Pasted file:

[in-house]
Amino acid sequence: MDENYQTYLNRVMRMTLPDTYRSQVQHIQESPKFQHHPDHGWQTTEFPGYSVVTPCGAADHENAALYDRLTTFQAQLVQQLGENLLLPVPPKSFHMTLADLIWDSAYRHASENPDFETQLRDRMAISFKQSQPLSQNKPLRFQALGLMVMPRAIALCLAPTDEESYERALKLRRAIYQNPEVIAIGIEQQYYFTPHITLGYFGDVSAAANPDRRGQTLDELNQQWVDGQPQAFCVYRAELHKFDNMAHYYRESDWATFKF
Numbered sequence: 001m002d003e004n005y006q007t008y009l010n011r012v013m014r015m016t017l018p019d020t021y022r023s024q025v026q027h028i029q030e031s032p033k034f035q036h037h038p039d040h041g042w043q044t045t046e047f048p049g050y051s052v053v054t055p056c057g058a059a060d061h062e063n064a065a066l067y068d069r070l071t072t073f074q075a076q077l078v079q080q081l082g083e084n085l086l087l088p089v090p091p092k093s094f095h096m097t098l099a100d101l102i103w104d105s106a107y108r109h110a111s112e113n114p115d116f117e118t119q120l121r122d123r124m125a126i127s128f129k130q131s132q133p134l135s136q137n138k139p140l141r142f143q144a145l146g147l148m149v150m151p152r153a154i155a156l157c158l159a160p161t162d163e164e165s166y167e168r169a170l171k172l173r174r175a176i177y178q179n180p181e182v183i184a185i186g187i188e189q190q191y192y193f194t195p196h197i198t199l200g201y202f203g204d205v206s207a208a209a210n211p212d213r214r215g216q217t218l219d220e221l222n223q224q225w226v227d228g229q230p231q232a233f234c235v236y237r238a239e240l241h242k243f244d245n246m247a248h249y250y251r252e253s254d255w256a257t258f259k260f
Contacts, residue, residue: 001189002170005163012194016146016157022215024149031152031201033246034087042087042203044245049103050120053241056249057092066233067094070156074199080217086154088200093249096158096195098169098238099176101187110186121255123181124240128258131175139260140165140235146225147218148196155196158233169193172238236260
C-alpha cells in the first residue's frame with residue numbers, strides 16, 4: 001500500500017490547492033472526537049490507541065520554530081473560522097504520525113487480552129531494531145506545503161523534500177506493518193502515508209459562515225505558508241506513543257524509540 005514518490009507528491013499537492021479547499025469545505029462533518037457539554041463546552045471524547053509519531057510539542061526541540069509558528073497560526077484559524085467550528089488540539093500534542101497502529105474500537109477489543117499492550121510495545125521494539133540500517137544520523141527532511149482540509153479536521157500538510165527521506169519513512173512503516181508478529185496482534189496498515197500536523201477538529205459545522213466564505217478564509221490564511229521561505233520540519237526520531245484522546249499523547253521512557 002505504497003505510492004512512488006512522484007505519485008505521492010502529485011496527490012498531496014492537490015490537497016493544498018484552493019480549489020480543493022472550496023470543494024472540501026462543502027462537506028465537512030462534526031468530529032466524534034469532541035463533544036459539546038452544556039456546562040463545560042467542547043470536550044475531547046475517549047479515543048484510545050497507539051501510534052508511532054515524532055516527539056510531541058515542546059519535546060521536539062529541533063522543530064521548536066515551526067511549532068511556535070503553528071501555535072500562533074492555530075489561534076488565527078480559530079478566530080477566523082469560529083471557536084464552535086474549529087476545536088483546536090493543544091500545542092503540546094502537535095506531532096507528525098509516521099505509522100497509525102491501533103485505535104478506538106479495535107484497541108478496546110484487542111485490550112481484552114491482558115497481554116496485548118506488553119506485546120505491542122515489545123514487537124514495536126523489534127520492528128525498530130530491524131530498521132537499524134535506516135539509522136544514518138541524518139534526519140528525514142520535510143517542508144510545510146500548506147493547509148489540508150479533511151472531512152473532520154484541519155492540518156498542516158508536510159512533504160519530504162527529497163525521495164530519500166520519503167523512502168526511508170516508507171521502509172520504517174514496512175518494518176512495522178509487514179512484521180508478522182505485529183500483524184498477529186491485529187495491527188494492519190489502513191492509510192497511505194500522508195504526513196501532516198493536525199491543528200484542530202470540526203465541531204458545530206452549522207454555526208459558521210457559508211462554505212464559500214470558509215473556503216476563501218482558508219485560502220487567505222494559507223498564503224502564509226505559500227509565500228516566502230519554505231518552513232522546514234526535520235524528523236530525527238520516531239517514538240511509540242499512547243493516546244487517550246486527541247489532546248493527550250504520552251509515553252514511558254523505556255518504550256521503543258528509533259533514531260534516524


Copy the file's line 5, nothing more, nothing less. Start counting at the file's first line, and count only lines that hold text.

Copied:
C-alpha cells in the first residue's frame with residue numbers, strides 16, 4: 001500500500017490547492033472526537049490507541065520554530081473560522097504520525113487480552129531494531145506545503161523534500177506493518193502515508209459562515225505558508241506513543257524509540 005514518490009507528491013499537492021479547499025469545505029462533518037457539554041463546552045471524547053509519531057510539542061526541540069509558528073497560526077484559524085467550528089488540539093500534542101497502529105474500537109477489543117499492550121510495545125521494539133540500517137544520523141527532511149482540509153479536521157500538510165527521506169519513512173512503516181508478529185496482534189496498515197500536523201477538529205459545522213466564505217478564509221490564511229521561505233520540519237526520531245484522546249499523547253521512557 002505504497003505510492004512512488006512522484007505519485008505521492010502529485011496527490012498531496014492537490015490537497016493544498018484552493019480549489020480543493022472550496023470543494024472540501026462543502027462537506028465537512030462534526031468530529032466524534034469532541035463533544036459539546038452544556039456546562040463545560042467542547043470536550044475531547046475517549047479515543048484510545050497507539051501510534052508511532054515524532055516527539056510531541058515542546059519535546060521536539062529541533063522543530064521548536066515551526067511549532068511556535070503553528071501555535072500562533074492555530075489561534076488565527078480559530079478566530080477566523082469560529083471557536084464552535086474549529087476545536088483546536090493543544091500545542092503540546094502537535095506531532096507528525098509516521099505509522100497509525102491501533103485505535104478506538106479495535107484497541108478496546110484487542111485490550112481484552114491482558115497481554116496485548118506488553119506485546120505491542122515489545123514487537124514495536126523489534127520492528128525498530130530491524131530498521132537499524134535506516135539509522136544514518138541524518139534526519140528525514142520535510143517542508144510545510146500548506147493547509148489540508150479533511151472531512152473532520154484541519155492540518156498542516158508536510159512533504160519530504162527529497163525521495164530519500166520519503167523512502168526511508170516508507171521502509172520504517174514496512175518494518176512495522178509487514179512484521180508478522182505485529183500483524184498477529186491485529187495491527188494492519190489502513191492509510192497511505194500522508195504526513196501532516198493536525199491543528200484542530202470540526203465541531204458545530206452549522207454555526208459558521210457559508211462554505212464559500214470558509215473556503216476563501218482558508219485560502220487567505222494559507223498564503224502564509226505559500227509565500228516566502230519554505231518552513232522546514234526535520235524528523236530525527238520516531239517514538240511509540242499512547243493516546244487517550246486527541247489532546248493527550250504520552251509515553252514511558254523505556255518504550256521503543258528509533259533514531260534516524